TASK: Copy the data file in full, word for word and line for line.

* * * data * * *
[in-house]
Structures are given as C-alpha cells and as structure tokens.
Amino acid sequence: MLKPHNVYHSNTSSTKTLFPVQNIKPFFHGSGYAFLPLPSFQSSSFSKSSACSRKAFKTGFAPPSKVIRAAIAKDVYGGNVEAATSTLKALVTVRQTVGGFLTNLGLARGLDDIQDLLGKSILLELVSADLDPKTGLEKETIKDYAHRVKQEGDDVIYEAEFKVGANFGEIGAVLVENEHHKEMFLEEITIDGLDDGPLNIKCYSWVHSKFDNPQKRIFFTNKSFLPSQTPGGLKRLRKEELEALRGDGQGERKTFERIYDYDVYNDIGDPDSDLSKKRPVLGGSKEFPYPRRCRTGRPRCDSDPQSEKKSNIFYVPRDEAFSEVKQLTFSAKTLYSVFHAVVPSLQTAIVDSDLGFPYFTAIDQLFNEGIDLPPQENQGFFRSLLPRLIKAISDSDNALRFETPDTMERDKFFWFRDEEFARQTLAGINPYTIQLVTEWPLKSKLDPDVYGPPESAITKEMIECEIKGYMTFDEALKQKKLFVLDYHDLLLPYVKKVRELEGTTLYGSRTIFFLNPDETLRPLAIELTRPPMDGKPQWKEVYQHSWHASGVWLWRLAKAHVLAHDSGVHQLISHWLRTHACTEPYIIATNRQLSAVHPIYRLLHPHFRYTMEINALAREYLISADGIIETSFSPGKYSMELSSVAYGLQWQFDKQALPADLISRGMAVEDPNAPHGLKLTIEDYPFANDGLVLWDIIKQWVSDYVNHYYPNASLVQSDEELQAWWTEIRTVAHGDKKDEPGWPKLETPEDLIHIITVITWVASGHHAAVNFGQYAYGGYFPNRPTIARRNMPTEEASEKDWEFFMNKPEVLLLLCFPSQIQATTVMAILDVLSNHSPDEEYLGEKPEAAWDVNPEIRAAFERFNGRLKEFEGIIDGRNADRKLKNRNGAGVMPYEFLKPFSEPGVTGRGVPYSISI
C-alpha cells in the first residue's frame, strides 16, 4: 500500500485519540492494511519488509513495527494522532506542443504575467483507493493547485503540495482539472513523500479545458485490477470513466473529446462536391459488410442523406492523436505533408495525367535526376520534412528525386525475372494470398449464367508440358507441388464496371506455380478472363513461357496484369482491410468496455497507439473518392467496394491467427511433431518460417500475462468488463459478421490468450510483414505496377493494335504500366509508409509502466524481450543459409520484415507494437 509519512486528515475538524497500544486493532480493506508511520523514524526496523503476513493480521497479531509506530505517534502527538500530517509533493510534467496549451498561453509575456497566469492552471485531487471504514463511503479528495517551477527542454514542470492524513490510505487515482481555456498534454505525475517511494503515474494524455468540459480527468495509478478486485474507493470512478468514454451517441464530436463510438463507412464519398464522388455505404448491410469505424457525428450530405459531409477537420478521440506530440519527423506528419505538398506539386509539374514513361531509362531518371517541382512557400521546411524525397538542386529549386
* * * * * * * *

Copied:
[in-house]
Structures are given as C-alpha cells and as structure tokens.
Amino acid sequence: MLKPHNVYHSNTSSTKTLFPVQNIKPFFHGSGYAFLPLPSFQSSSFSKSSACSRKAFKTGFAPPSKVIRAAIAKDVYGGNVEAATSTLKALVTVRQTVGGFLTNLGLARGLDDIQDLLGKSILLELVSADLDPKTGLEKETIKDYAHRVKQEGDDVIYEAEFKVGANFGEIGAVLVENEHHKEMFLEEITIDGLDDGPLNIKCYSWVHSKFDNPQKRIFFTNKSFLPSQTPGGLKRLRKEELEALRGDGQGERKTFERIYDYDVYNDIGDPDSDLSKKRPVLGGSKEFPYPRRCRTGRPRCDSDPQSEKKSNIFYVPRDEAFSEVKQLTFSAKTLYSVFHAVVPSLQTAIVDSDLGFPYFTAIDQLFNEGIDLPPQENQGFFRSLLPRLIKAISDSDNALRFETPDTMERDKFFWFRDEEFARQTLAGINPYTIQLVTEWPLKSKLDPDVYGPPESAITKEMIECEIKGYMTFDEALKQKKLFVLDYHDLLLPYVKKVRELEGTTLYGSRTIFFLNPDETLRPLAIELTRPPMDGKPQWKEVYQHSWHASGVWLWRLAKAHVLAHDSGVHQLISHWLRTHACTEPYIIATNRQLSAVHPIYRLLHPHFRYTMEINALAREYLISADGIIETSFSPGKYSMELSSVAYGLQWQFDKQALPADLISRGMAVEDPNAPHGLKLTIEDYPFANDGLVLWDIIKQWVSDYVNHYYPNASLVQSDEELQAWWTEIRTVAHGDKKDEPGWPKLETPEDLIHIITVITWVASGHHAAVNFGQYAYGGYFPNRPTIARRNMPTEEASEKDWEFFMNKPEVLLLLCFPSQIQATTVMAILDVLSNHSPDEEYLGEKPEAAWDVNPEIRAAFERFNGRLKEFEGIIDGRNADRKLKNRNGAGVMPYEFLKPFSEPGVTGRGVPYSISI
C-alpha cells in the first residue's frame, strides 16, 4: 500500500485519540492494511519488509513495527494522532506542443504575467483507493493547485503540495482539472513523500479545458485490477470513466473529446462536391459488410442523406492523436505533408495525367535526376520534412528525386525475372494470398449464367508440358507441388464496371506455380478472363513461357496484369482491410468496455497507439473518392467496394491467427511433431518460417500475462468488463459478421490468450510483414505496377493494335504500366509508409509502466524481450543459409520484415507494437 509519512486528515475538524497500544486493532480493506508511520523514524526496523503476513493480521497479531509506530505517534502527538500530517509533493510534467496549451498561453509575456497566469492552471485531487471504514463511503479528495517551477527542454514542470492524513490510505487515482481555456498534454505525475517511494503515474494524455468540459480527468495509478478486485474507493470512478468514454451517441464530436463510438463507412464519398464522388455505404448491410469505424457525428450530405459531409477537420478521440506530440519527423506528419505538398506539386509539374514513361531509362531518371517541382512557400521546411524525397538542386529549386